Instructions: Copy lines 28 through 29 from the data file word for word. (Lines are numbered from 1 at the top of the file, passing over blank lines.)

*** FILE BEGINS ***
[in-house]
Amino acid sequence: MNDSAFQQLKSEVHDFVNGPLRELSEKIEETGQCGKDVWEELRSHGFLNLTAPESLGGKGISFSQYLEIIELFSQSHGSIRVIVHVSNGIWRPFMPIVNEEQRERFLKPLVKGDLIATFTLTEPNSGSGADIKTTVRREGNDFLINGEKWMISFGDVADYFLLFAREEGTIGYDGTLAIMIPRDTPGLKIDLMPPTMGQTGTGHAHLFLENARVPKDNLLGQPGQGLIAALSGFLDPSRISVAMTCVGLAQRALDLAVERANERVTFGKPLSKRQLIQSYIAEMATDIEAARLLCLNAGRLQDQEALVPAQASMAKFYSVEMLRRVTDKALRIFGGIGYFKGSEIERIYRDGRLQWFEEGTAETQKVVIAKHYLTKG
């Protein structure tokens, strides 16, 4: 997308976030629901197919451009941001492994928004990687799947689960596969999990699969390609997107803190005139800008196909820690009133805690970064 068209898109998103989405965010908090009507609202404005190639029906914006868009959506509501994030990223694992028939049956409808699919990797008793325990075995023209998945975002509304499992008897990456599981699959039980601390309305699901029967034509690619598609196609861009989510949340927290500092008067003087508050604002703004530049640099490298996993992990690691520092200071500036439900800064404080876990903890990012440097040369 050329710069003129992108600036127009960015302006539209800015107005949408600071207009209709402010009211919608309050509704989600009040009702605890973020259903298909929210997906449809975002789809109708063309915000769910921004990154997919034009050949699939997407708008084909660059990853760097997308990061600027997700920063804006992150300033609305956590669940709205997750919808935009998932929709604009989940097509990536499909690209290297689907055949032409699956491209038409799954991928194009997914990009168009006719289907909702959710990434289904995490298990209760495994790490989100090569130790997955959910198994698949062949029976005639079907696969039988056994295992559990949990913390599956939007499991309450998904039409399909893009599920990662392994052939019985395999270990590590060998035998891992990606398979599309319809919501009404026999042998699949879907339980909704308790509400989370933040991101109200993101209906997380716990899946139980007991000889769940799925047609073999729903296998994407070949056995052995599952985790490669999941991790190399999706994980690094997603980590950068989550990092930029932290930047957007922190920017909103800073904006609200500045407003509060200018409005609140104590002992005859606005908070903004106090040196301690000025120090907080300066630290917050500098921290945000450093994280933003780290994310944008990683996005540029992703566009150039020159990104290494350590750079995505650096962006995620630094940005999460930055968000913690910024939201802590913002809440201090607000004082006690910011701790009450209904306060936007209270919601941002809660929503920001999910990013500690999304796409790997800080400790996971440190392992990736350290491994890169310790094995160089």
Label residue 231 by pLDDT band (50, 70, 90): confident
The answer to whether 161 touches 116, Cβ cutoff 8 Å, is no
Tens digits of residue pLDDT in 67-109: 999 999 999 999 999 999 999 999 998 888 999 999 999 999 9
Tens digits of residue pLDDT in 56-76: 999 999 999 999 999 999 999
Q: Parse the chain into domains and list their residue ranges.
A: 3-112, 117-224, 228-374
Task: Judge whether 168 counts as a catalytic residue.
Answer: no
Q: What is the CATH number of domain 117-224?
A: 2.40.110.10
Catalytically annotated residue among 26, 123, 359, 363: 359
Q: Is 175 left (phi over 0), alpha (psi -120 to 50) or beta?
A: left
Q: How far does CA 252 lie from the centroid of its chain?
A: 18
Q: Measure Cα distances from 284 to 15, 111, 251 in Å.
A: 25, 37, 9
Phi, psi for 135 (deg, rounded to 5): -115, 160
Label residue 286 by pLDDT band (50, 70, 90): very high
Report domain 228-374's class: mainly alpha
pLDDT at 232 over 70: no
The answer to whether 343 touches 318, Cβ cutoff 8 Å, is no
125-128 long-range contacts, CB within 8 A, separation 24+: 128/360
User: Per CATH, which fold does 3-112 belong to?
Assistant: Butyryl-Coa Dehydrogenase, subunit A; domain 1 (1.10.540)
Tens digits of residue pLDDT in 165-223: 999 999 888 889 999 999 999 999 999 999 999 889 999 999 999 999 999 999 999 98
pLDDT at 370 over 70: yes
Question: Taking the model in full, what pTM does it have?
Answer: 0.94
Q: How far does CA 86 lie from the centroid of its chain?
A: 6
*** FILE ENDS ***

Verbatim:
Assistant: Butyryl-Coa Dehydrogenase, subunit A; domain 1 (1.10.540)
Tens digits of residue pLDDT in 165-223: 999 999 888 889 999 999 999 999 999 999 999 889 999 999 999 999 999 999 999 98